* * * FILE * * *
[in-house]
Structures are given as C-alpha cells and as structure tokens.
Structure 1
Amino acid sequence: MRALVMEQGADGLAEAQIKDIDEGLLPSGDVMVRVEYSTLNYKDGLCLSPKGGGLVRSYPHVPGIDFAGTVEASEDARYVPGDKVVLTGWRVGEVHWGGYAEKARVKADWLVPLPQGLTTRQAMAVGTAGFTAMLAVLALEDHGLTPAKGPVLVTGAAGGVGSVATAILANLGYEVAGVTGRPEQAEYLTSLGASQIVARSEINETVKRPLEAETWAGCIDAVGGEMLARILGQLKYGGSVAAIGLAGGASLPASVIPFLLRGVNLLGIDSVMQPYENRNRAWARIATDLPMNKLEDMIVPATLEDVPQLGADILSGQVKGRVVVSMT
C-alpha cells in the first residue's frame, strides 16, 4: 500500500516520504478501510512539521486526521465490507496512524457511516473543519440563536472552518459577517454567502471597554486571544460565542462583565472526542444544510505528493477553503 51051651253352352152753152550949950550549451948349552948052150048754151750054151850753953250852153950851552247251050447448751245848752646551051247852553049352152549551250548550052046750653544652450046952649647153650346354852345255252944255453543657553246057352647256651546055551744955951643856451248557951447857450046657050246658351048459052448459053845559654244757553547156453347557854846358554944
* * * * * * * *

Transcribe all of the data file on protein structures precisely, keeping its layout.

[in-house]
Structures are given as C-alpha cells and as structure tokens.
Structure 1
Amino acid sequence: MRALVMEQGADGLAEAQIKDIDEGLLPSGDVMVRVEYSTLNYKDGLCLSPKGGGLVRSYPHVPGIDFAGTVEASEDARYVPGDKVVLTGWRVGEVHWGGYAEKARVKADWLVPLPQGLTTRQAMAVGTAGFTAMLAVLALEDHGLTPAKGPVLVTGAAGGVGSVATAILANLGYEVAGVTGRPEQAEYLTSLGASQIVARSEINETVKRPLEAETWAGCIDAVGGEMLARILGQLKYGGSVAAIGLAGGASLPASVIPFLLRGVNLLGIDSVMQPYENRNRAWARIATDLPMNKLEDMIVPATLEDVPQLGADILSGQVKGRVVVSMT
C-alpha cells in the first residue's frame, strides 16, 4: 500500500516520504478501510512539521486526521465490507496512524457511516473543519440563536472552518459577517454567502471597554486571544460565542462583565472526542444544510505528493477553503 51051651253352352152753152550949950550549451948349552948052150048754151750054151850753953250852153950851552247251050447448751245848752646551051247852553049352152549551250548550052046750653544652450046952649647153650346354852345255252944255453543657553246057352647256651546055551744955951643856451248557951447857450046657050246658351048459052448459053845559654244757553547156453347557854846358554944